Looking at the law

Magistrate Margaret Ramsay-Hale explained some key pieces of legislation concerning sexual assault.

The sentence for incest if the girl is under 13 years old is life imprisonment. This had been amended in 2001 from a five-year sentence, regardless of age, under the 1998 penal code. If the girl is 16 and younger, the sentence is now 20 years.

The changes were made after a 1999 trial in which a man who had sex with his daughter, who was under the age of 12, only received an 11-year sentence on a charge of defilement (he also was given a concurrent sentence of 4¾ years on the charge of incest).

The public outcry after that trial led to a fairly quick change, in 2001, to two sections of the law dealing with sentencing based on the age of the daughter. The reform of the entire relevant law did not take effect until 2004.

Under the law, anyone who has sex with a girl under 12-years-old can be charged with defilement, if the child consents, which carries a maximum sentence of 20 years. If the girl is between the ages of 12 and 16, the sentence is 12 years.

Ms Ramsay-Hale added that there are many cases where men are charged with defilement of a girl under 12 instead of rape because the victim consented.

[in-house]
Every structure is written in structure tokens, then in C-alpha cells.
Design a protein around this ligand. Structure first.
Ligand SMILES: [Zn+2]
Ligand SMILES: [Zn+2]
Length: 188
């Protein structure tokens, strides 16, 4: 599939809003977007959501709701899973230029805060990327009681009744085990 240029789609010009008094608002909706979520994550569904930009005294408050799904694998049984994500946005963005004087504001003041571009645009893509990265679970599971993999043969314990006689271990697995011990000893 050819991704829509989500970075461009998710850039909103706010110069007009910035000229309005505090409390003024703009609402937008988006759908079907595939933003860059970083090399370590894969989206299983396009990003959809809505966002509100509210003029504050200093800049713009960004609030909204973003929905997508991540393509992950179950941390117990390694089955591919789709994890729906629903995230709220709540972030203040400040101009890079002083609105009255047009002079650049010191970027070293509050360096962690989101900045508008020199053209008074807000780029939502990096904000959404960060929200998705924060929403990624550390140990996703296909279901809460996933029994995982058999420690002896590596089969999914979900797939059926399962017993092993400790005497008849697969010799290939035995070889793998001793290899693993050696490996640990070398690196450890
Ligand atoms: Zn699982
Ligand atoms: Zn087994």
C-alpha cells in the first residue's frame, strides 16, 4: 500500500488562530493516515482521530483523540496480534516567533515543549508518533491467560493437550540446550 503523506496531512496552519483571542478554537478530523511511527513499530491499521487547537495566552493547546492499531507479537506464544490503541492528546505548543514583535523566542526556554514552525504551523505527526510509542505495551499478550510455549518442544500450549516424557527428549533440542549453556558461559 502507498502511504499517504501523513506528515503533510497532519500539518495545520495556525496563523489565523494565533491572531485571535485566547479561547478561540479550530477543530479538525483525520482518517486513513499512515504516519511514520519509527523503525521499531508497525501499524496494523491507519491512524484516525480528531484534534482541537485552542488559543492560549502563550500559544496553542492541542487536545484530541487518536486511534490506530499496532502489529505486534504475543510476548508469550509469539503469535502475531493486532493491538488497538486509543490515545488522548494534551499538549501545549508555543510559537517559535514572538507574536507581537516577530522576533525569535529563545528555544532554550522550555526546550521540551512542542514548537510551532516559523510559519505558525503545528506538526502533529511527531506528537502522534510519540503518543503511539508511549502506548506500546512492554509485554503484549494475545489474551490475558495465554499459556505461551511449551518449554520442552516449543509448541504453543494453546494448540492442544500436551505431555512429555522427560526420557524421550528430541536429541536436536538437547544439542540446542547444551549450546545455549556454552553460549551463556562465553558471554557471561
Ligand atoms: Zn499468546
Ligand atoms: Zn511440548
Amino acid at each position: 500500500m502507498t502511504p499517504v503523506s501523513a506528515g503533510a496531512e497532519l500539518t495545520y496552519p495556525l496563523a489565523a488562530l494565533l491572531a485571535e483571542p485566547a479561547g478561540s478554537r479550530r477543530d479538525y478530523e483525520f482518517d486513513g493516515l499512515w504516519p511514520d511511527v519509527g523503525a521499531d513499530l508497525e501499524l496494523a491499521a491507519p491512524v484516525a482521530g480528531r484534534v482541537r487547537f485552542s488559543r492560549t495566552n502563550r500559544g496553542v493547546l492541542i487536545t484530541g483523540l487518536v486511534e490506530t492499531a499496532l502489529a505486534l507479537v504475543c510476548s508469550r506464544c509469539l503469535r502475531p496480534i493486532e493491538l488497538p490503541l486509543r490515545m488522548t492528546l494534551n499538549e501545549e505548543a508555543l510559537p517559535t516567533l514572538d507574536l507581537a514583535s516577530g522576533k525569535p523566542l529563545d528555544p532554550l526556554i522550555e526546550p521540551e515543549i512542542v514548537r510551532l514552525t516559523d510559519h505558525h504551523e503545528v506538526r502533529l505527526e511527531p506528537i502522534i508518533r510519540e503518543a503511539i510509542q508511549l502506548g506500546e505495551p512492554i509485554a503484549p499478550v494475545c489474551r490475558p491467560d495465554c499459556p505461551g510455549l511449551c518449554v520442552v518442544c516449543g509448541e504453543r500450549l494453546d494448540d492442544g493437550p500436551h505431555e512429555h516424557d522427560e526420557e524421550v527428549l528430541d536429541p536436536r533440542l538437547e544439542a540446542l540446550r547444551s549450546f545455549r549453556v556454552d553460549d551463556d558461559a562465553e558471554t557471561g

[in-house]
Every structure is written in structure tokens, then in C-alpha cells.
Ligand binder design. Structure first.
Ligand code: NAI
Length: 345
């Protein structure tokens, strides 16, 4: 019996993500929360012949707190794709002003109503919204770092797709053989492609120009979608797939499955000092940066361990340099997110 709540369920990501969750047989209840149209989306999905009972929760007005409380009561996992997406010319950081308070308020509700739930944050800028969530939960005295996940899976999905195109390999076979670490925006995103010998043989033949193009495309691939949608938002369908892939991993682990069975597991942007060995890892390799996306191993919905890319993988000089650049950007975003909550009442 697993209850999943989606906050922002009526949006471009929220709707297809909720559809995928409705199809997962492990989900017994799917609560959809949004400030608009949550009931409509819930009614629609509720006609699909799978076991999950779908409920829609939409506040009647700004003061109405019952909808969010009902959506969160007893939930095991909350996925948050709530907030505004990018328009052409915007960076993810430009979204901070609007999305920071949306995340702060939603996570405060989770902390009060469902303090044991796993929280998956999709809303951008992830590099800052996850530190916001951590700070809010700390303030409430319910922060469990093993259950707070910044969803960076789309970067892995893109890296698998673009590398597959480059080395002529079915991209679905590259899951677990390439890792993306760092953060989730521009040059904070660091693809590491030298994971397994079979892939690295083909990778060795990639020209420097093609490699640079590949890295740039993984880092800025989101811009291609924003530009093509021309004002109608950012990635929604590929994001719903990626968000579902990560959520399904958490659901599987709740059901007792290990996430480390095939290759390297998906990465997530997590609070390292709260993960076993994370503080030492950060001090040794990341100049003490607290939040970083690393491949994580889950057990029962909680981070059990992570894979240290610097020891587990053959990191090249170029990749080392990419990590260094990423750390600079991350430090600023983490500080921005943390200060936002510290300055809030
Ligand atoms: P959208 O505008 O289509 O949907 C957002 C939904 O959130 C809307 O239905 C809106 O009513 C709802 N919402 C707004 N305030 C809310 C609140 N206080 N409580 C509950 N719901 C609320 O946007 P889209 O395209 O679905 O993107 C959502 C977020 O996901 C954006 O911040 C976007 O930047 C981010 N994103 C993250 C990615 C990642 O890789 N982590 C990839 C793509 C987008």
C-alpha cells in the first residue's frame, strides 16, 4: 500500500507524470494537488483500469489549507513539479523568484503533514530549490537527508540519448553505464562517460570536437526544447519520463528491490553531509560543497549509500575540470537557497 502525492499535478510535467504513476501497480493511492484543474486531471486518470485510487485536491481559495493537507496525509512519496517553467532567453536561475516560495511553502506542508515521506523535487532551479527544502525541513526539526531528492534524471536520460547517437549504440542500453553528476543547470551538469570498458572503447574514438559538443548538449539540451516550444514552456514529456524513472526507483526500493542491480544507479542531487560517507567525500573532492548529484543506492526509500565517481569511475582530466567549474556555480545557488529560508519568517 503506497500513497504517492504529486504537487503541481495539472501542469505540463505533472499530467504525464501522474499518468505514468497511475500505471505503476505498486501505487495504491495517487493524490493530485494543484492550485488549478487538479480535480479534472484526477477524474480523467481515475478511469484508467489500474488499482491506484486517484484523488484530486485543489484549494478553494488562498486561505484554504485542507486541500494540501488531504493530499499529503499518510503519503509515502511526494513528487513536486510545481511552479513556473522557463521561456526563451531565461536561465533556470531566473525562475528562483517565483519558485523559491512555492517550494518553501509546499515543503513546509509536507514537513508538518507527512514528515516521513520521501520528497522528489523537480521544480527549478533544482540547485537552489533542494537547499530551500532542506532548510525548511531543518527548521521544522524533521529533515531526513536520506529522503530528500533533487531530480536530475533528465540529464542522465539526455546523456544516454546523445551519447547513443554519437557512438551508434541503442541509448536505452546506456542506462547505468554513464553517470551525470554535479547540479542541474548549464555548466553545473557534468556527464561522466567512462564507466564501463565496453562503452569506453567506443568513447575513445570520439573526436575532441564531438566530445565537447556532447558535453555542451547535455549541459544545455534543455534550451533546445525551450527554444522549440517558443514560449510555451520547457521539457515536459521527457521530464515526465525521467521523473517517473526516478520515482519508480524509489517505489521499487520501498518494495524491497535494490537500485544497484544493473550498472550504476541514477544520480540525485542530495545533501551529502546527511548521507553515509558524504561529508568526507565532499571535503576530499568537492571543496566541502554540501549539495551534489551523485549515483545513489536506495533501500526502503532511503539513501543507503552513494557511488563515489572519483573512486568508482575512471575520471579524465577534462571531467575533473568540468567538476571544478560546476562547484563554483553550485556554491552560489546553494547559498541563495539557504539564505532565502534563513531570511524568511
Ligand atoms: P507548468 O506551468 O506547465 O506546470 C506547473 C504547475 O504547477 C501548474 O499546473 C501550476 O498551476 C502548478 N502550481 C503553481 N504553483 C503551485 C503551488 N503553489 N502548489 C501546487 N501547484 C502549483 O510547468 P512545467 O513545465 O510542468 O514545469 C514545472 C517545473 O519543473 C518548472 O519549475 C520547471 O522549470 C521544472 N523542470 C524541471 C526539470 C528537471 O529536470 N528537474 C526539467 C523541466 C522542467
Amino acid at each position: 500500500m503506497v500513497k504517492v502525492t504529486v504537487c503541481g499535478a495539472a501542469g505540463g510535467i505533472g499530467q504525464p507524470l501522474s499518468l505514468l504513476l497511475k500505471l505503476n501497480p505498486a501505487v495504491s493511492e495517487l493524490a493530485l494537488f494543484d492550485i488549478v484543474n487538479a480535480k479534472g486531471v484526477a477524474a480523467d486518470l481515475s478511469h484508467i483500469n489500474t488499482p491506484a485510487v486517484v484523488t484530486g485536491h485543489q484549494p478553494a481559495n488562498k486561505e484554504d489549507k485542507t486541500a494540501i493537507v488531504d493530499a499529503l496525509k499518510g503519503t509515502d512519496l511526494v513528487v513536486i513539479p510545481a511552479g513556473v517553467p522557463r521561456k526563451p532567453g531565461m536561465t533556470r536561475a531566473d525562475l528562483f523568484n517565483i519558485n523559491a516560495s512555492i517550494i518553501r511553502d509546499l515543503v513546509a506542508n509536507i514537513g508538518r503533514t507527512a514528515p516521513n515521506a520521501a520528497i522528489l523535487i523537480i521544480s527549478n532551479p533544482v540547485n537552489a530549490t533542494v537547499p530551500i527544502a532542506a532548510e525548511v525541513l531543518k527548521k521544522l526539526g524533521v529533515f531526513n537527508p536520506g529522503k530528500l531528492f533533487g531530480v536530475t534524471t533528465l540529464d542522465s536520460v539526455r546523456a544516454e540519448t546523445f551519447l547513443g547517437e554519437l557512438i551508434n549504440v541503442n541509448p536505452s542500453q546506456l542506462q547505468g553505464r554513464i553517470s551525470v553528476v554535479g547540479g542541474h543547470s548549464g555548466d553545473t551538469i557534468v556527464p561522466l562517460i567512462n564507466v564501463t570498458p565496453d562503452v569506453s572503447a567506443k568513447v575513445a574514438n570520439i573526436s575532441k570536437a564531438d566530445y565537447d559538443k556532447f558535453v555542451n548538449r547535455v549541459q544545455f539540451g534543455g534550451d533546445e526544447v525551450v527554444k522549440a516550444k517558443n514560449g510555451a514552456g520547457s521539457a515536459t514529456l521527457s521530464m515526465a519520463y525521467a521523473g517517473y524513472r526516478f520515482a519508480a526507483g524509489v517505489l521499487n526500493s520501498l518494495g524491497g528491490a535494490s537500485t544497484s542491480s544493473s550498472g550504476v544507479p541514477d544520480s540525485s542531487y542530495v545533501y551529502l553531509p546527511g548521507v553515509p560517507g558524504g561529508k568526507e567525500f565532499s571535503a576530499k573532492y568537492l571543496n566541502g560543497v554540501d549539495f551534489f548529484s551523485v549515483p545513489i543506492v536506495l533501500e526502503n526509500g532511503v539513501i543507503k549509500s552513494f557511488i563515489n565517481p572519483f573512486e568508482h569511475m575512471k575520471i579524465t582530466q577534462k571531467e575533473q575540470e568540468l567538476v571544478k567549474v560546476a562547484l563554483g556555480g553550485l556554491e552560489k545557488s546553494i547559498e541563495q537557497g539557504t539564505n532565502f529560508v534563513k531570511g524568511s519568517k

The magistrate questions whether a 12-year-old can give informed consent to an act she does not fully understand or appreciate and added that consent is among equals; the offenders are usually adult males. In countries such as the US, the corresponding charge would be statutory rape.

Ms Ramsay-Hale strongly believes that the punishment is too lenient.

‘If a man has sex with a girl under 12, the sentence should be life imprisonment,’ she said.

Another significant amendment to the penal code, according to the magistrate, was the change in the definition of rape. As of 2004, the charge of rape not only applies to a man raping a woman, but also includes a man committing this offence on another man.

Ms Ramsay-Hale also would like to see the penal code in Cayman amended to create a gender-neutral law of sexual assault.

Other issues need to be addressed as well, she said. For example, there is no mandatory reporting of child abuse or child sexual abuse in Cayman.

In addition, while anonymity of sexual assault victims is protected here, Cayman is such a small community that some may be deterred from testifying for fear that everyone will find out their identity.

The magistrate would also like to see more help available to those affected by sexual assault.

‘Victims and their families need support,’ she said.

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